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US Water Industry Cybersecurity Solutions

A survey conducted by the Water Information Sharing and Analysis Center (Water-ISAC) and the Water Sector Coordinating Council included responses from more than 606 water and wastewater utilities, representing the approximately 52,000 community water systems and 16,000 wastewater systems in the U.S.

The survey showed that many of the utilities are subject to economic disadvantages typical of rural and urban communities. Others do not have access to a cybersecurity workforce. Operating in the background is that these utilities are struggling to maintain and replace infrastructure, maintain revenues while addressing issues of affordability, and comply with safe and clean water regulations.

Regarding specific cybersecurity challenges, more than half of water utilities say they have not fully identified IT-networked assets in their networks, and only a little more than 21% of those utilities said they are working to do so. Further, almost two-thirds said they have not fully identified all operational technology networked assets and fewer than a quarter are working to do so.

Less than a quarter of utilities reported conducting annual cybersecurity risk assessments. Quarterly assessments were performed by 7.6% of respondents, and 5% were conducting weekly cybersecurity risk assessments, the survey showed.

The respondents reported their top challenges for securing drinking water and wastewater systems were minimising control system exposure, assessing risks and identifying hardware or software vulnerabilities. Additionally, about 64% of respondents said their utility does not employ a chief information security officer.

The results of the survey show a range of cybersecurity preparedness levels across the sector, with many excelling in their efforts with current resources but with others demonstrating room for improvement and a need for greater support.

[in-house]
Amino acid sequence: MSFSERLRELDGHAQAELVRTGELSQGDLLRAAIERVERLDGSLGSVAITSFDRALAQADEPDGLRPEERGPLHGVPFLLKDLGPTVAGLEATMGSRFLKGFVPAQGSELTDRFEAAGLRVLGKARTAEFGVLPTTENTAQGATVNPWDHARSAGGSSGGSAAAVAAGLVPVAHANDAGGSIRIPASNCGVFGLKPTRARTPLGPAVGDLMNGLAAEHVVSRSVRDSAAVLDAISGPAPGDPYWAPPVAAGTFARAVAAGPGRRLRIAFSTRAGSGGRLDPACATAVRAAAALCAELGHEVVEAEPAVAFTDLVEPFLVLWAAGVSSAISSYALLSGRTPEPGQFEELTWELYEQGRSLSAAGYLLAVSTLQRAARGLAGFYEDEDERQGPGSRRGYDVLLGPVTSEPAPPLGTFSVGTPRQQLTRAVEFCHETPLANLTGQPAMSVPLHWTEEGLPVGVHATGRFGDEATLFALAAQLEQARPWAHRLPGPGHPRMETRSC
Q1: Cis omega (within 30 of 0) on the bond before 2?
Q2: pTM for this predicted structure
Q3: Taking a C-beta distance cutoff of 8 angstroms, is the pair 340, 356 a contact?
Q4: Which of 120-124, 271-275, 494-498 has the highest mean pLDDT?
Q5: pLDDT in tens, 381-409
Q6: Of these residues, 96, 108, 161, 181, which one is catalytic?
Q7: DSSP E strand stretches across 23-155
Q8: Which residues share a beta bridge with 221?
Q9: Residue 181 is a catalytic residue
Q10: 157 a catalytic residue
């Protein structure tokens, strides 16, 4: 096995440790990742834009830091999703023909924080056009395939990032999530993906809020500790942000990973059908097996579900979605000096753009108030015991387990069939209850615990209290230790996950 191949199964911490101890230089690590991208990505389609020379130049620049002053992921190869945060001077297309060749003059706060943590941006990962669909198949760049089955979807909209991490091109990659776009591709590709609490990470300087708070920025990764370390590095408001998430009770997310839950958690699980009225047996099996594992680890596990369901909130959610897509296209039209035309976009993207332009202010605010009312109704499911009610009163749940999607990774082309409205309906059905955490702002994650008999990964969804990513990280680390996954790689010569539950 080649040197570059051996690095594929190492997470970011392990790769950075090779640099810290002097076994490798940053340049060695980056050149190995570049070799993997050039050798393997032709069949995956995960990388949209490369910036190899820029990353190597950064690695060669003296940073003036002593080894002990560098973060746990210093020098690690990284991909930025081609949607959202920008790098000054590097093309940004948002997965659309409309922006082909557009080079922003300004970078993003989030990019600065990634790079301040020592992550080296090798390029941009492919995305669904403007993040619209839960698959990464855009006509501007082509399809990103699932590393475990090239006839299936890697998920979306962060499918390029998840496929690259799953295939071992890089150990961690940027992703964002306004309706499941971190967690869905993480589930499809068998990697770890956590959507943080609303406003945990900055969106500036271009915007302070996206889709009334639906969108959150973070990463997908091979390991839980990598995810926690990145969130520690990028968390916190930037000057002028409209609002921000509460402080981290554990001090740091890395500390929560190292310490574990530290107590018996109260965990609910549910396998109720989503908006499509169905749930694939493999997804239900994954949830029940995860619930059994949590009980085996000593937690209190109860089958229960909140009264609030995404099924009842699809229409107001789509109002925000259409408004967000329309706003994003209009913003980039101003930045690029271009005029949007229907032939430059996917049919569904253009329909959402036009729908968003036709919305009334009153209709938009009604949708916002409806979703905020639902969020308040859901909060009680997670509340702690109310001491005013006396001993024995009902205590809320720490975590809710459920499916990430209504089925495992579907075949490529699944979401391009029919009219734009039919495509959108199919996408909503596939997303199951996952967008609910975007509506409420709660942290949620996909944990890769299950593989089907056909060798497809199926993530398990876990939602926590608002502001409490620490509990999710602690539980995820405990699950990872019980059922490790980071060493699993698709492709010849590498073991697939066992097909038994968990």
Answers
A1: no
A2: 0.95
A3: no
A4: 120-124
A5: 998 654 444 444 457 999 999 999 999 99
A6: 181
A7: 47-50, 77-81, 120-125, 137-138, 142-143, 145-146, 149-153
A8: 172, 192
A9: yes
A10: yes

A breach in a San Francisco Bay Area water treatment plant is one of the instances of lack of cybersecurity in water utilities. In this case, the hacker was using a former employee’s credentials for a popular remote work software program. Another water treatment plant in Florida was also breached through an outdated operating system and vulnerable remote work software.

Of the hundreds of treatment plants that responded to the Water ISAC survey, only four organisations confirmed a breach of their Information Technology (IT) or Operational Technology (OT) systems in the past year, while dozens responded they were “not sure” if they had experienced an incident.

According to data compiled by Cybersecurity and Infrastructure Security Agency about the water industry, roughly 10% of water utilities have reported a critical vulnerability and 40% reported a high vulnerability. Most vulnerabilities water plants have reported more than 80% were common vulnerabilities and exposures (CVEs) published before 2017.

The Water-ISAC published a list of six older CVEs for its members on June 17, saying it was aware of several reports of threat actors leveraging multiple vulnerabilities to exploit unpatched systems in the water and wastewater sector. Members are encouraged to review and address the following vulnerability advisories and updates for products used within their environments.

As critical infrastructures, water and sewage systems are susceptible to cyberattacks, US researchers have created a cybersecurity technology designed to lure hackers into an artificial world to protect these infrastructures. As reported by OpenGov Asia, the cyber tech is based on honeypots, which attract hackers by providing what appears to be an easy target so cybersecurity researchers can study the attackers’ methods.

While most honeypots are used to lure attackers and study their methods, this cyber tech instead uses artificial intelligence to deploy elaborate deception to keep attackers engaged in a pretend world that mirrors the real world. The decoy interacts with users in real-time, responding in realistic ways to commands.

The development of this technology is an example of how U.S. scientists are focused on protecting the nation’s critical assets and infrastructure. This cybersecurity tool has far-reaching applications in government and private sectors—from city municipalities to utilities, to banking institutions, manufacturing, and even health providers.

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